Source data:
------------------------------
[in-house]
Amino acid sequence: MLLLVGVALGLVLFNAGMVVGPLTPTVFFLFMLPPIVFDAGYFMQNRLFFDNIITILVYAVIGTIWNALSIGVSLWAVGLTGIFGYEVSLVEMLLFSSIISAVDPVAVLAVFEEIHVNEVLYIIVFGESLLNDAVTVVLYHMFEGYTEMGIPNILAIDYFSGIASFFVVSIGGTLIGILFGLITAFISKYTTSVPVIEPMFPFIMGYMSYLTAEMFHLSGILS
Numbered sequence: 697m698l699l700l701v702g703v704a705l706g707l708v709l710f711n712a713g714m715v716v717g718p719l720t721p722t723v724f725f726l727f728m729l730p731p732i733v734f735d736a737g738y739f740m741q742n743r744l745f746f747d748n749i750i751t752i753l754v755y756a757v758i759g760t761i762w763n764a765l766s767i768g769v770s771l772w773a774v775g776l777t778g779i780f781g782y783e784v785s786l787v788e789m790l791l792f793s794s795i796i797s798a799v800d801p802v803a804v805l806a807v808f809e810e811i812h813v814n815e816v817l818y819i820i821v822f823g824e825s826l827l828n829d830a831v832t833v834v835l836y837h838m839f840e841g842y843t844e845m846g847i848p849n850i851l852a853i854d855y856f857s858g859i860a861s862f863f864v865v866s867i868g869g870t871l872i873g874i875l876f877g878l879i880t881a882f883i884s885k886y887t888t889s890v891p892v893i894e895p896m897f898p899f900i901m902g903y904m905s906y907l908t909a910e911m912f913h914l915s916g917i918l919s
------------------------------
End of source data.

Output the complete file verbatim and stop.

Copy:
[in-house]
Amino acid sequence: MLLLVGVALGLVLFNAGMVVGPLTPTVFFLFMLPPIVFDAGYFMQNRLFFDNIITILVYAVIGTIWNALSIGVSLWAVGLTGIFGYEVSLVEMLLFSSIISAVDPVAVLAVFEEIHVNEVLYIIVFGESLLNDAVTVVLYHMFEGYTEMGIPNILAIDYFSGIASFFVVSIGGTLIGILFGLITAFISKYTTSVPVIEPMFPFIMGYMSYLTAEMFHLSGILS
Numbered sequence: 697m698l699l700l701v702g703v704a705l706g707l708v709l710f711n712a713g714m715v716v717g718p719l720t721p722t723v724f725f726l727f728m729l730p731p732i733v734f735d736a737g738y739f740m741q742n743r744l745f746f747d748n749i750i751t752i753l754v755y756a757v758i759g760t761i762w763n764a765l766s767i768g769v770s771l772w773a774v775g776l777t778g779i780f781g782y783e784v785s786l787v788e789m790l791l792f793s794s795i796i797s798a799v800d801p802v803a804v805l806a807v808f809e810e811i812h813v814n815e816v817l818y819i820i821v822f823g824e825s826l827l828n829d830a831v832t833v834v835l836y837h838m839f840e841g842y843t844e845m846g847i848p849n850i851l852a853i854d855y856f857s858g859i860a861s862f863f864v865v866s867i868g869g870t871l872i873g874i875l876f877g878l879i880t881a882f883i884s885k886y887t888t889s890v891p892v893i894e895p896m897f898p899f900i901m902g903y904m905s906y907l908t909a910e911m912f913h914l915s916g917i918l919s